Chemistry isn't the only problem. Atmospheric physicists are also increasingly concerned that the cooling may alter the upward movement of air in ways that affect ground-level weather and climate. One of the most turbulent of these phenomena is known assudden warming of the stratosphere. Westerly winds in the stratosphere periodically reverse, resulting in large temperature swings where parts of the stratosphere can warm up to 90 degrees F (50 degrees Celsius) in a few days.

This is usually accompanied by a rapid sinking of air that pushes the Atlantic jet stream into the upper troposphere. The jet stream, which powers large-scale weather systems across the northern hemisphere, is beginning to oscillate. This disturbance can cause a variety of extreme weather events, from sustained heavy rainfall to summer droughts and "blocking highs" that can bring weeks of bitterly cold winter weather from eastern North America to Europe and parts of Asia.

These are already known. For the past 20 years, meteorologists have incorporated such stratospheric influences into their models. This has greatly improved the accuracy of their long-term forecasts,according to the Weather Service, a UK government forecasting service.

"If we don't get our models right about what's going on up there, we might be wrong down there."

The question now is how additional CO2 and overall stratospheric cooling will affect the frequency and intensity of this sudden warming. Mark Baldwin, a climate scientist at the University of Exeter in England who has studied the phenomenon, says most models agree that the sudden warming of the stratosphere is indeed sensitive to more CO2. But while some models predict many more sudden warming events, others suggest fewer. Knowing more, Baldwin says, would "lead to greater confidence in both long-term weather forecasts and climate change predictions."

It's becoming increasingly clear that, as Gary Thomas, an atmospheric physicist at the University of Colorado Boulder, puts it, "If we don't get our models right about what's going on up there, we might be wrong down there." But improving models of how the upper atmosphere works—and verifying their accuracy—requires well-updated data about actual conditions in the sky. And the supply of that data is in danger of drying up, warns Mlynczak.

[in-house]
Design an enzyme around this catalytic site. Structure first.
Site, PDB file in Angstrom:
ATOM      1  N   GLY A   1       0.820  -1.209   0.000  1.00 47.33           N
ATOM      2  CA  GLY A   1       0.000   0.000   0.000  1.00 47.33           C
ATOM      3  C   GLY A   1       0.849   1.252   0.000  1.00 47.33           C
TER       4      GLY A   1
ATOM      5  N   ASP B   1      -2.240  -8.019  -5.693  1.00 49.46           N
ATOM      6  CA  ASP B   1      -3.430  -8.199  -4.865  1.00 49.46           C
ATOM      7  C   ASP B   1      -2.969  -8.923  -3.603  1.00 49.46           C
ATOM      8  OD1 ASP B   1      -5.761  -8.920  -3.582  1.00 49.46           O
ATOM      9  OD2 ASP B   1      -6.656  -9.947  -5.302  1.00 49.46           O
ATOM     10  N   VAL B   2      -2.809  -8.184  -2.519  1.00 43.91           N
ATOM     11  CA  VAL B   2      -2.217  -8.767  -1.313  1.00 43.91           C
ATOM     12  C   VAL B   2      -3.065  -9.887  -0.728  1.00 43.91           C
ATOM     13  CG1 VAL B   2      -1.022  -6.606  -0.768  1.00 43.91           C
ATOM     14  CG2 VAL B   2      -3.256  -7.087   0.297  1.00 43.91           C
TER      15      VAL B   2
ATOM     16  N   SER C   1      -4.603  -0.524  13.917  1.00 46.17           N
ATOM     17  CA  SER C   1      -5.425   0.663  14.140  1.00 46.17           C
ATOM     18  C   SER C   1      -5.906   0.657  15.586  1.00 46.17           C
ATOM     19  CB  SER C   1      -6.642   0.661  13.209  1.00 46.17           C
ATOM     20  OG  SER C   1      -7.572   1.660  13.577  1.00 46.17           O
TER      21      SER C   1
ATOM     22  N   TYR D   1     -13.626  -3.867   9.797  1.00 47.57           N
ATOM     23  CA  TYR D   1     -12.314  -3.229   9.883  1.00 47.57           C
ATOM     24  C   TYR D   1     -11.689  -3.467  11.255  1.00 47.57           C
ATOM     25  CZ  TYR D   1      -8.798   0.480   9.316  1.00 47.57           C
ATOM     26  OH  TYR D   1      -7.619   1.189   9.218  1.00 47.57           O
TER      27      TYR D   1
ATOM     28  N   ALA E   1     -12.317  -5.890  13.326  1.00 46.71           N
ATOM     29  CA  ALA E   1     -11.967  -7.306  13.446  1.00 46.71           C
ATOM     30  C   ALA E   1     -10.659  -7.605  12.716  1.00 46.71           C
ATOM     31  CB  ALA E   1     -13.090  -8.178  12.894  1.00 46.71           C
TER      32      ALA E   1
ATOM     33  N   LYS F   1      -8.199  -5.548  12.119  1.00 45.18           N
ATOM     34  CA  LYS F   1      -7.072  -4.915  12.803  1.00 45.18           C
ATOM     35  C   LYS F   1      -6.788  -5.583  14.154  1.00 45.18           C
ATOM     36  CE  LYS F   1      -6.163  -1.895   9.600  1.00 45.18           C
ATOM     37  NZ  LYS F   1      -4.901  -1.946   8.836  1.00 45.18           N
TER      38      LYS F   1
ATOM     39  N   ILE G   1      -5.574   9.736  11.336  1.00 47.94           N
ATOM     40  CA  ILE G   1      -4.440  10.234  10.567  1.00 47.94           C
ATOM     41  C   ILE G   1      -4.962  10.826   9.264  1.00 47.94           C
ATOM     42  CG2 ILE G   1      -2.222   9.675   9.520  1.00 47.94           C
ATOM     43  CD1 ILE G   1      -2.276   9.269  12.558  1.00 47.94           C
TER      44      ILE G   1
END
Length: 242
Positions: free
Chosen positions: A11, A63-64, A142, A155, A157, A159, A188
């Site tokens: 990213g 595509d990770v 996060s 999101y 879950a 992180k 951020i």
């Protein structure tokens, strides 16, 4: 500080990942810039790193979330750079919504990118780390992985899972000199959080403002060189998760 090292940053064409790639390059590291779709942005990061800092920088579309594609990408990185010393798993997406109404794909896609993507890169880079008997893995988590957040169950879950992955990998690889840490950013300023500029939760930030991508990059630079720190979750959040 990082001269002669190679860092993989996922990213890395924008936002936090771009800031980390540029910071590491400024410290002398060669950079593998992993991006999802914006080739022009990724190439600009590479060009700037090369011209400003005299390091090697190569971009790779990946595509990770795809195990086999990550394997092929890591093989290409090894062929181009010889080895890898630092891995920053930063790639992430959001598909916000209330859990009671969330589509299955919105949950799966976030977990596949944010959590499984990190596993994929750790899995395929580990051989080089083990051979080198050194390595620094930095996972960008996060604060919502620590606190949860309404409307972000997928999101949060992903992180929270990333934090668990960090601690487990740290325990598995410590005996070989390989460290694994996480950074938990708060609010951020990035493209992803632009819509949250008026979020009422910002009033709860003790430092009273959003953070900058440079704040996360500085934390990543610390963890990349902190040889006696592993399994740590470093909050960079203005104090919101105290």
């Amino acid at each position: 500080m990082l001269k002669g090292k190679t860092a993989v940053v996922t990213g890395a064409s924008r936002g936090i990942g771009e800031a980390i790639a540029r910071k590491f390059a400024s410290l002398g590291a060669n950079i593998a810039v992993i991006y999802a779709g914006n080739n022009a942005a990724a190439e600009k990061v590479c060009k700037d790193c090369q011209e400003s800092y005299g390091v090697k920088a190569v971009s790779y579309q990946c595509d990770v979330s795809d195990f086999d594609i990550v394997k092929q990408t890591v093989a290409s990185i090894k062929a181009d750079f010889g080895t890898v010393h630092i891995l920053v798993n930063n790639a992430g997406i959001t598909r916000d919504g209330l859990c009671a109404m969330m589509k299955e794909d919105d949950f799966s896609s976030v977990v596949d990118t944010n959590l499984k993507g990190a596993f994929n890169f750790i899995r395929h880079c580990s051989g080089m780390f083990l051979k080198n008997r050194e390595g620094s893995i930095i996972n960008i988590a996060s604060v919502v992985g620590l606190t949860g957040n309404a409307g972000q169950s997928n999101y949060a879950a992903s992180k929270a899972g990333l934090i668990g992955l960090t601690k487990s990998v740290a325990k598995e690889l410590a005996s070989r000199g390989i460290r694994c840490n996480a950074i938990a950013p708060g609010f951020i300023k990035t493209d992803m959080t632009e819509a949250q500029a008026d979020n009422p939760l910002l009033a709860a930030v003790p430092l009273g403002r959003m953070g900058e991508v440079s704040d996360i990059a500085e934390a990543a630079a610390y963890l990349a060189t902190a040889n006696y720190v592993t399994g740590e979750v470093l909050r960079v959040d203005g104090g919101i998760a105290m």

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Most of the satellites that provided information from the upper atmosphere over the past three decades—which provided his and others' predictions of cooling and contraction—are reaching the end of their lives. Of the six NASA satellites in the briefcase, onefailedin December there was anotherdisassembledin March and three more will close soon. "No new missions are planned or underway yet," he says.

Mlynczak hopes to revive interest in monitoring with a special session he'll host this fall at the American Geophysical Union to discuss the upper atmosphere as "the next frontier in climate change." Without continued monitoring, the fear is that we may soon return to the days of ignorance.


The upper atmosphere is cooling, causing new climate problems? ›

A new study reaffirming that global climate change is human-made also found the upper atmosphere is cooling dramatically because of rising CO2 levels. Scientists are worried about the effect this cooling could have on orbiting satellites, the ozone layer, and Earth's weather.

How is climate change affecting the upper atmosphere? ›

Increased greenhouse gas concentrations cause global cooling in the middle and upper atmosphere (∼15−500 km altitude), causing this part of the atmosphere to shrink.

How does global cooling affect the climate? ›

These have a direct effect: they effectively increase the planetary albedo, thus cooling the planet by reducing the solar radiation reaching the surface; and an indirect effect: they affect the properties of clouds by acting as cloud condensation nuclei.

What is happening to the temperature of the upper atmosphere? ›

While still extremely thin, the gases of the thermosphere become increasingly denser as one descends toward the earth. As such, incoming high energy ultraviolet and x-ray radiation from the sun begins to be absorbed by the molecules in this layer and causes a large temperature increase.

Is the upper atmosphere getting colder? ›

In the same way, even as the lower atmosphere is warming, a new study found that the Earth's upper atmosphere is actually cooling due to rising carbon dioxide levels and changes in the magnetic field. America is changing faster than ever!

What is causing the global cooling? ›

The global cooling might be the result of the changes in oceanic circulation and atmospheric CO2, both probably influencing each other and possibly initiated by tectonic processes.

Is Earth getting colder or hotter? ›

Highlights. Earth's temperature has risen by an average of 0.14° Fahrenheit (0.08° Celsius) per decade since 1880, or about 2° F in total. The rate of warming since 1981 is more than twice as fast: 0.32° F (0.18° C) per decade.

Is climate change causing cooling? ›

Despite short-term decreases in global temperature, the long-term trend shows that Earth continues to warm.